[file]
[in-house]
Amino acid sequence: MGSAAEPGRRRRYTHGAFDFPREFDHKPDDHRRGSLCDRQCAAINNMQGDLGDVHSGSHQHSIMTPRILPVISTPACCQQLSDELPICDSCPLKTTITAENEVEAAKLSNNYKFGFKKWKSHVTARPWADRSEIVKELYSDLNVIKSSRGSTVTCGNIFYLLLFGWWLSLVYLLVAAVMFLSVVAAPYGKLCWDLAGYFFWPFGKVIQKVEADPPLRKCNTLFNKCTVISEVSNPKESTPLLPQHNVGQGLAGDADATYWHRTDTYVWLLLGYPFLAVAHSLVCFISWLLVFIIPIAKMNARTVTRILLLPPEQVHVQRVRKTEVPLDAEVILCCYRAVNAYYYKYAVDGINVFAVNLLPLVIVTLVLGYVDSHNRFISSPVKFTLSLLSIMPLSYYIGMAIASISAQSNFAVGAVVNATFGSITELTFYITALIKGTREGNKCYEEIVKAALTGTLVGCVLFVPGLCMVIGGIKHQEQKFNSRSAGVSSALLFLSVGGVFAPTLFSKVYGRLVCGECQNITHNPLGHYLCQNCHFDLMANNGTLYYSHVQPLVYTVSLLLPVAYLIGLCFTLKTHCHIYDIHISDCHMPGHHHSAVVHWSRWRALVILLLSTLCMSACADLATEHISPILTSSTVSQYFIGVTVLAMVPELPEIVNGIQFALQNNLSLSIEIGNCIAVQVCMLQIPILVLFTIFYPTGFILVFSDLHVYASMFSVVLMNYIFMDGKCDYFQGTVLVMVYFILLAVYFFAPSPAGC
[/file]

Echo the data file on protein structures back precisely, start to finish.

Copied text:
[in-house]
Amino acid sequence: MGSAAEPGRRRRYTHGAFDFPREFDHKPDDHRRGSLCDRQCAAINNMQGDLGDVHSGSHQHSIMTPRILPVISTPACCQQLSDELPICDSCPLKTTITAENEVEAAKLSNNYKFGFKKWKSHVTARPWADRSEIVKELYSDLNVIKSSRGSTVTCGNIFYLLLFGWWLSLVYLLVAAVMFLSVVAAPYGKLCWDLAGYFFWPFGKVIQKVEADPPLRKCNTLFNKCTVISEVSNPKESTPLLPQHNVGQGLAGDADATYWHRTDTYVWLLLGYPFLAVAHSLVCFISWLLVFIIPIAKMNARTVTRILLLPPEQVHVQRVRKTEVPLDAEVILCCYRAVNAYYYKYAVDGINVFAVNLLPLVIVTLVLGYVDSHNRFISSPVKFTLSLLSIMPLSYYIGMAIASISAQSNFAVGAVVNATFGSITELTFYITALIKGTREGNKCYEEIVKAALTGTLVGCVLFVPGLCMVIGGIKHQEQKFNSRSAGVSSALLFLSVGGVFAPTLFSKVYGRLVCGECQNITHNPLGHYLCQNCHFDLMANNGTLYYSHVQPLVYTVSLLLPVAYLIGLCFTLKTHCHIYDIHISDCHMPGHHHSAVVHWSRWRALVILLLSTLCMSACADLATEHISPILTSSTVSQYFIGVTVLAMVPELPEIVNGIQFALQNNLSLSIEIGNCIAVQVCMLQIPILVLFTIFYPTGFILVFSDLHVYASMFSVVLMNYIFMDGKCDYFQGTVLVMVYFILLAVYFFAPSPAGC